TELECOM Digest OnLine - Sorted: Re: Surveillance Cameras More Common Everyday

Re: Surveillance Cameras More Common Everyday
18 Apr 2005 07:45:27 -0700

Here is one on Times Square:

Refresh as needed.

[TELECOM Digest Editor's Note: The one you mention, and three or four
other cameras are used at Times Square (34th and Broadway if my
memory is correct) in the program Webcam Watcher, an interesting piece
of software for Windows. Independent people, with web cams at fixed
locations, donate the output from the cameras for use by voyeurs on
the net who like looking at things. The writer of the Webcam Watcher
program has a directory of about _three thousand_ such locations all
around the world. He gives you thumbnail images of all of them on your
screen; allows you to manually choose any of them, or have the program
function like a 'scanner' (doing a big image) of one after the next,
just like a radio scanner operates, working its way to the end of the
line and starting over again. If a repretoire of three thousand images
seems a bit much to deal with, you can also select a smaller number
from the indexes of same, or the thumbnails and concentrate on just
those; for instance, those cams active in the past minute, the past
five minutes, etc. Some are in constant operation; others only snap
a picture of their surroundings every hour, etc. You select the
desired cams from the indexes of same, and make up your own list of
what to scan whenever one or more of them takes a new picture. If your
'active scan directory' is too large, the big pictures on your screen
change every second or two. If it is too small, then you can actually
look at and study a picture for a few minutes before the next image
(from some other location) comes through, like a radio scanner.

Webcam Watcher is _not_ intended as a sex thing at all. He has that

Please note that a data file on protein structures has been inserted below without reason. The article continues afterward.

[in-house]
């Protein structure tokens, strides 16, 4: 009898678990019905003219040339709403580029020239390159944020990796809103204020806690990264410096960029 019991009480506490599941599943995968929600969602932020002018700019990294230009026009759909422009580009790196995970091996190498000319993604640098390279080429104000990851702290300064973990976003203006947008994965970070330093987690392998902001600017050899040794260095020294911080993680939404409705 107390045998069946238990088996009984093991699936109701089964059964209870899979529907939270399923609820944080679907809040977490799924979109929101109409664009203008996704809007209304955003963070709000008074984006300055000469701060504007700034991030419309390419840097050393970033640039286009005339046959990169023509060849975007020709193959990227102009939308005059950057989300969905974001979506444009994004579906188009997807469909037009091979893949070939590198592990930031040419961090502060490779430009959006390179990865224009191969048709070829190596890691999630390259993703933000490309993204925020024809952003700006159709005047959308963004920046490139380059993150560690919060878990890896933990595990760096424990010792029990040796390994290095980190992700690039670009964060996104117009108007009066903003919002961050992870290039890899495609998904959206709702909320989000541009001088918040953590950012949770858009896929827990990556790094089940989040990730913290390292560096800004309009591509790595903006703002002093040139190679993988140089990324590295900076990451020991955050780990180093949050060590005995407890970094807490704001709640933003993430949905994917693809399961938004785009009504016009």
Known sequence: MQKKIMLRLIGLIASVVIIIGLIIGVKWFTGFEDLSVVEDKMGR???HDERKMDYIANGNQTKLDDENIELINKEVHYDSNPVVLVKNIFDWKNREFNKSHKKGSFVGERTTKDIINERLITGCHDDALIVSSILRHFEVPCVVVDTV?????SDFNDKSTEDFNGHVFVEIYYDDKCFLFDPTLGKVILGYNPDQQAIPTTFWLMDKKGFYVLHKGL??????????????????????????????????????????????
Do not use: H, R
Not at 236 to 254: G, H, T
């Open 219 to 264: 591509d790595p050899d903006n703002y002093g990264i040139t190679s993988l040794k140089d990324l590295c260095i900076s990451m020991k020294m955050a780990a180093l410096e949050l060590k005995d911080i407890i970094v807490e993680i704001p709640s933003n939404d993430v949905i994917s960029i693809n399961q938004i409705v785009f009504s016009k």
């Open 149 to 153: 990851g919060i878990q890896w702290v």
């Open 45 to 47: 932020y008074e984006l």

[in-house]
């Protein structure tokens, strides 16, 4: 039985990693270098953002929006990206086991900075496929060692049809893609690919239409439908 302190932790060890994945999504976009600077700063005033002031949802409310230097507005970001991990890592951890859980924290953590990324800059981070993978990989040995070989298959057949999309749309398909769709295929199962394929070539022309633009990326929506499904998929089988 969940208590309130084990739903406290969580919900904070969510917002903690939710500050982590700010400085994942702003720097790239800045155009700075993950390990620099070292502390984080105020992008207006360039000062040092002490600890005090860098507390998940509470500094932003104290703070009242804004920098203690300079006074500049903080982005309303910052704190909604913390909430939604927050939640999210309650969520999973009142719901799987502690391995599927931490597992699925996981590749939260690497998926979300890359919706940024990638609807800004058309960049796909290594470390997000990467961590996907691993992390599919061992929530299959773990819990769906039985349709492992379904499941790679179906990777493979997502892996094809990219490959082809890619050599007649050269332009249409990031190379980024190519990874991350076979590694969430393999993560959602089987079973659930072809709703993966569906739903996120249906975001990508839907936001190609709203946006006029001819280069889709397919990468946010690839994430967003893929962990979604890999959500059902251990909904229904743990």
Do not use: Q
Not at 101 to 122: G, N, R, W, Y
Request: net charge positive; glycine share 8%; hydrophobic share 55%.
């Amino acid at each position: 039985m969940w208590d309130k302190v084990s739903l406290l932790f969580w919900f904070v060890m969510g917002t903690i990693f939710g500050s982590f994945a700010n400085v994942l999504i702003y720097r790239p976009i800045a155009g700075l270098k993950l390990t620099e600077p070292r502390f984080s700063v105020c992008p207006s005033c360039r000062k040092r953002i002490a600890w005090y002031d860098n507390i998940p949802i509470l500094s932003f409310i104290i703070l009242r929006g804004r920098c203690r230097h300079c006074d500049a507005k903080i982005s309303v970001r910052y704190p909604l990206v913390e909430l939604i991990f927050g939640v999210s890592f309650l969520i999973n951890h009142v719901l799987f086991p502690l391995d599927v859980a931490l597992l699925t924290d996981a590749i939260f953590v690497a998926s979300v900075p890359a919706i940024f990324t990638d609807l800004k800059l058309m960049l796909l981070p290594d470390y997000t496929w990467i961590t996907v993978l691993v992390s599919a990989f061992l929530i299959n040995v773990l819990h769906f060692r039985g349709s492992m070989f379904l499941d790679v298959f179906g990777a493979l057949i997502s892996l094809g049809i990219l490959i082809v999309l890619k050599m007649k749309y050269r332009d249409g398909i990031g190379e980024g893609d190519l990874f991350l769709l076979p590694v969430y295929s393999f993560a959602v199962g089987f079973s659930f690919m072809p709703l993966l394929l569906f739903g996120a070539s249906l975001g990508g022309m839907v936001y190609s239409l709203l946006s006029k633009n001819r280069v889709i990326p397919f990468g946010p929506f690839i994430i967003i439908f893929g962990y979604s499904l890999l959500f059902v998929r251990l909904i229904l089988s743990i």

type of cam (adult) in the master index, but they are all isolated
so you can choose that kind of thing "if you like to watch" but the
majority of the cams are just 'regular' scenes, such as expressway
cams in Japan (some also from Georgia highways), parks and gardens;
a few cams are scenes of the border crossings in Texas, Arizona and
California and Detroit, MI; I have one of my weather station cam in
his directory, etc. There is one of the ships going through the Panama
Canal, some absolutely stunning cam images of mountain tops in
Alaska and Wyoming, etc, people's homes, school classrooms, about a
dozen cams in New York City (including the several in Times Square),
Chicago, San Francisco, etc. I get sort of depressed using the
program, since there are so many absolutely delicious views of
absolutely wonderful cities and sites I would dearly love to be young
enough -- and well enough -- to to visit and see in person, but I know
I will never get to see in person, a beach in Australia, or a coffee
house in Indonsia for example. If you have a cam with a public display
you welcome people viewing, _and you have the WebCam Watcher program_
consider adding the locations of these files to the directory he
updates from time to time. Just Google for 'Webcam Watcher'. He has
both free and paid copies of the software. PAT]

Date: 18 Apr 2005 14:04:33 -0400
From: (Scott Dorsey)
Newsgroups: comp.dcom.telecom
Subject: Re: Internet Pioneer: VoIP is NOT Telephony
Message-ID: <>
Organization: Former users of Netcom shell (1989-2000)
X-Telecom-Digest: Volume 24, Issue 170, Message 15 of 19
Lines: 27

> [TELECOM Digest Editor's Note: How would you then deal with 'phone
> patches', the little devices which allow VHF/UHF radios to link into
> the public phone network? Should they also be subject to the rules
> of the public switched telephone network? PAT]

Yes. Patched calls are subject to BOTH the rules of the public
telephone network AND the rules of whatever radio channel is in use,
because the call is handled by both services.


"C'est un Nagra. C'est suisse, et tres, tres precis."

[TELECOM Digest Editor's Note: I guess what I meant to say was the
person using the radio who issues certain tones to the base station
where the 'phone patch' is located, who then makes outgoing phone
calls over a (common, owned by the ham radio operator's club for
example) phone line. Is that commonly-owned phone line, and the
'patch' device in the middle, and most important, the portable
transciever (a two meter rig comes to mind) all subject to both
radio and telco rules, for example, the 911 surcharge, and other
fees on account of his transciever rig _can possibly_ be used on
the phone network? What about the local number portability fee,
etc? After all, he does have a _phone number_ (albiet shared in
common with other club members) doesn't he? PAT]

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